London’s ludicrous junk-food ad ban

An organic-food company has been forced to remove images of bacon and butter from its adverts.

Rob Lyons

Topics Free Speech Politics UK

In November last year, the mayor of London, Sadiq Khan, announced that ‘junk food’ advertising would be banned on the entire Transport for London (TfL) network from 25 February. The press release touted the new regulation as one of several ‘groundbreaking measures to help tackle child obesity’. If enthusiastic endorsement from Jamie Oliver – ‘an amazing move’ – wasn’t enough to confirm it was a stupid idea, this week’s ban on an advert by a right-on food firm put the tin lid on it.

Farmdrop, an organic-food home-delivery firm, proposed an advert showing a delightful scene of middle-class family life, featuring mum, dad, young kids and a table of tasty goodies. However, TfL bosses asked Farmdrop to cut out parts of the image containing such treats as bacon, butter and jam. Moreover, the firm was asked to confirm that other foods featured, including shortbread, juice, biscuits, yoghurt and elderflower, were in compliance with the new rules.

Damian Hind, marketing manager of Farmdrop, told the London Evening Standard: ‘We had to go through everything on the tabletop with our buyers and check the nutrient profile. We had to get rid of jam. That was one we definitely couldn’t use. Then they told us to check bacon, bread, eggs, butter and peanut butter – and we did. But obviously – according to their scoring – bacon, eggs and butter are not compliant with the regulations so we had to crop them out [of] the photo. It actually got ridiculous.’

The story gives the lie to the idea that TfL’s ban would only affect ‘junk food’, a category defined by snooty prejudice rather than scientific precision. Since it would almost certainly be illegal for a public authority to ban specific companies – the usual burger, pizza and fried-chicken suspects – a more neutral policy was applied. The ban instead covers ‘all adverts for food and non-alcoholic drinks high in fat, salt and / or sugar and considered “less healthy” under Public Health England guidelines’.

The trouble is that lots of foods that normal people would regard as perfectly healthy also fall foul of the guidelines: cheese, nuts, eggs and much more. Even olive oil – the centrepiece of the much-touted ‘Mediterranean diet’ we’re all supposed to be abiding by – is verboten. But then again, there’s nothing much wrong in nutritional terms with most of the things that are classed as ‘junk’. Take a Big Mac meal from McDonald’s: a sandwich made with locally sourced lean British or Irish beef with fried potatoes, which are rich in vitamin C and folic acid. You might match that with a sugary drink if you like, but there are sugar-free alternatives if you want to keep the calories down or have it with a small bottle of orange juice or organic milk if you prefer. In short, perfectly nutritious food and it even ticks a lot of right-on foodie boxes, too.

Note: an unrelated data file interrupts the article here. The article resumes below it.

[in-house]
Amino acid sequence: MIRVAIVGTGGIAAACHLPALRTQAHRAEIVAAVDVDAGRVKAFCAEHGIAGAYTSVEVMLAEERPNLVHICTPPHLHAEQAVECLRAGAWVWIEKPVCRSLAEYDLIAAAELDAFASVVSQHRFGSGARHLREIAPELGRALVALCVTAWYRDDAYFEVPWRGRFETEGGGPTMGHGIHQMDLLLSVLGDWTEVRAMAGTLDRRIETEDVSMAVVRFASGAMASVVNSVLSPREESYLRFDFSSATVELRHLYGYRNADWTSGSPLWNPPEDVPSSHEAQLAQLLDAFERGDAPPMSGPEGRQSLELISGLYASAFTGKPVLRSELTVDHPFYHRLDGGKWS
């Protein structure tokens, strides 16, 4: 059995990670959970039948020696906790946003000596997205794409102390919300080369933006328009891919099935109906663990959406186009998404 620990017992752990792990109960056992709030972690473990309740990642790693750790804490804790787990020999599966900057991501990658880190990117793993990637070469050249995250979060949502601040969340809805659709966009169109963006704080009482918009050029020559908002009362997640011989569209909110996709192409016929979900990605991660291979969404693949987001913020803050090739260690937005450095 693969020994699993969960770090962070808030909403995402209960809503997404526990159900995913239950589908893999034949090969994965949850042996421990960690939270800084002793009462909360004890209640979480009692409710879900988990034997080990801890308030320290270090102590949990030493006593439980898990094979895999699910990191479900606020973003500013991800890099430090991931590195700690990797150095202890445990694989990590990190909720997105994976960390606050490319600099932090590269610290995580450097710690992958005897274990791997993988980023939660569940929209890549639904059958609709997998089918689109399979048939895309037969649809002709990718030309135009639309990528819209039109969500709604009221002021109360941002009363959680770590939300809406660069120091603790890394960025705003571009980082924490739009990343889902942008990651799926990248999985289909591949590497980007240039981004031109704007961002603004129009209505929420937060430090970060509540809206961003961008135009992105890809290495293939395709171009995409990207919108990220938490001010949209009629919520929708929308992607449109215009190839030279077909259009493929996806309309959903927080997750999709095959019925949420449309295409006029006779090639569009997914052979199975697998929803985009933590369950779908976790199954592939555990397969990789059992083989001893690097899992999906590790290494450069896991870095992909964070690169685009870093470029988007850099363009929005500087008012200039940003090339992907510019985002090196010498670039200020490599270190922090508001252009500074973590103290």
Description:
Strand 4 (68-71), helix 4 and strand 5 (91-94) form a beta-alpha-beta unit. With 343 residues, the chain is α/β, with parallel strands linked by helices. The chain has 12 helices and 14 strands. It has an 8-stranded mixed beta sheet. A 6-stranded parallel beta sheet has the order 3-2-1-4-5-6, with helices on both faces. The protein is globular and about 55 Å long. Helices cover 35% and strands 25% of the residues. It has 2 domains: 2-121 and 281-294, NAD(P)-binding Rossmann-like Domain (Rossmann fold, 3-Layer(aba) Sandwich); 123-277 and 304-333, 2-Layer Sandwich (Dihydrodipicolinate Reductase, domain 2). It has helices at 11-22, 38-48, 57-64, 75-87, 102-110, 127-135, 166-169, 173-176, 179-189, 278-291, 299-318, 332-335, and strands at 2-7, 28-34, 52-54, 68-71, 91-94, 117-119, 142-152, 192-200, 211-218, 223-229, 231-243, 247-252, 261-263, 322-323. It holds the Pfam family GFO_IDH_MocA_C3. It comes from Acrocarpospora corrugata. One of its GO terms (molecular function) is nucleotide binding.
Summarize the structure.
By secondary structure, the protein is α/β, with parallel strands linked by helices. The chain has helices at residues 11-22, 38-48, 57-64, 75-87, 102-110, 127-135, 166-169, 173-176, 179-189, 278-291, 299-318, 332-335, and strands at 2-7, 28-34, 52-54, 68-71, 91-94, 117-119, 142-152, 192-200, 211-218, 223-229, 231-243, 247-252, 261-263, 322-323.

What Sadiq Khan and food campaigners really want to do is ban the plebs from seeing adverts for tasty food produced by big corporations. Nice, oh-so-woke firms like Farmdrop weren’t supposed to be the target. Despite the ban, Farmdrop’s bosses continue to act as if they have drunk the low-sugar organic Kool-Aid. CEO Ben Pugh told the Standard: ‘We support the ban, but it’s being handled very unjustly. Our ad was a mixture of balanced, whole foods. It’s crazy.’

Sorry, Ben, but that’s the perverse consequence of a dumb ban that’s based on a monkey-see, monkey-do view of Londoners. Instead, for the sake of allowing commuters the right to see and choose what they might want to eat for dinner (and for the sake of TfL’s overstretched finances), let Farmdrop compete with everyone else – lift this pointless, illiberal ban.

Rob Lyons is science and technology director at the Academy of Ideas and a spiked columnist.

Listen to the latest episode of Last Orders, the spiked podcast on all things nanny state:

Picture by: Farmdrop.

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Topics Free Speech Politics UK


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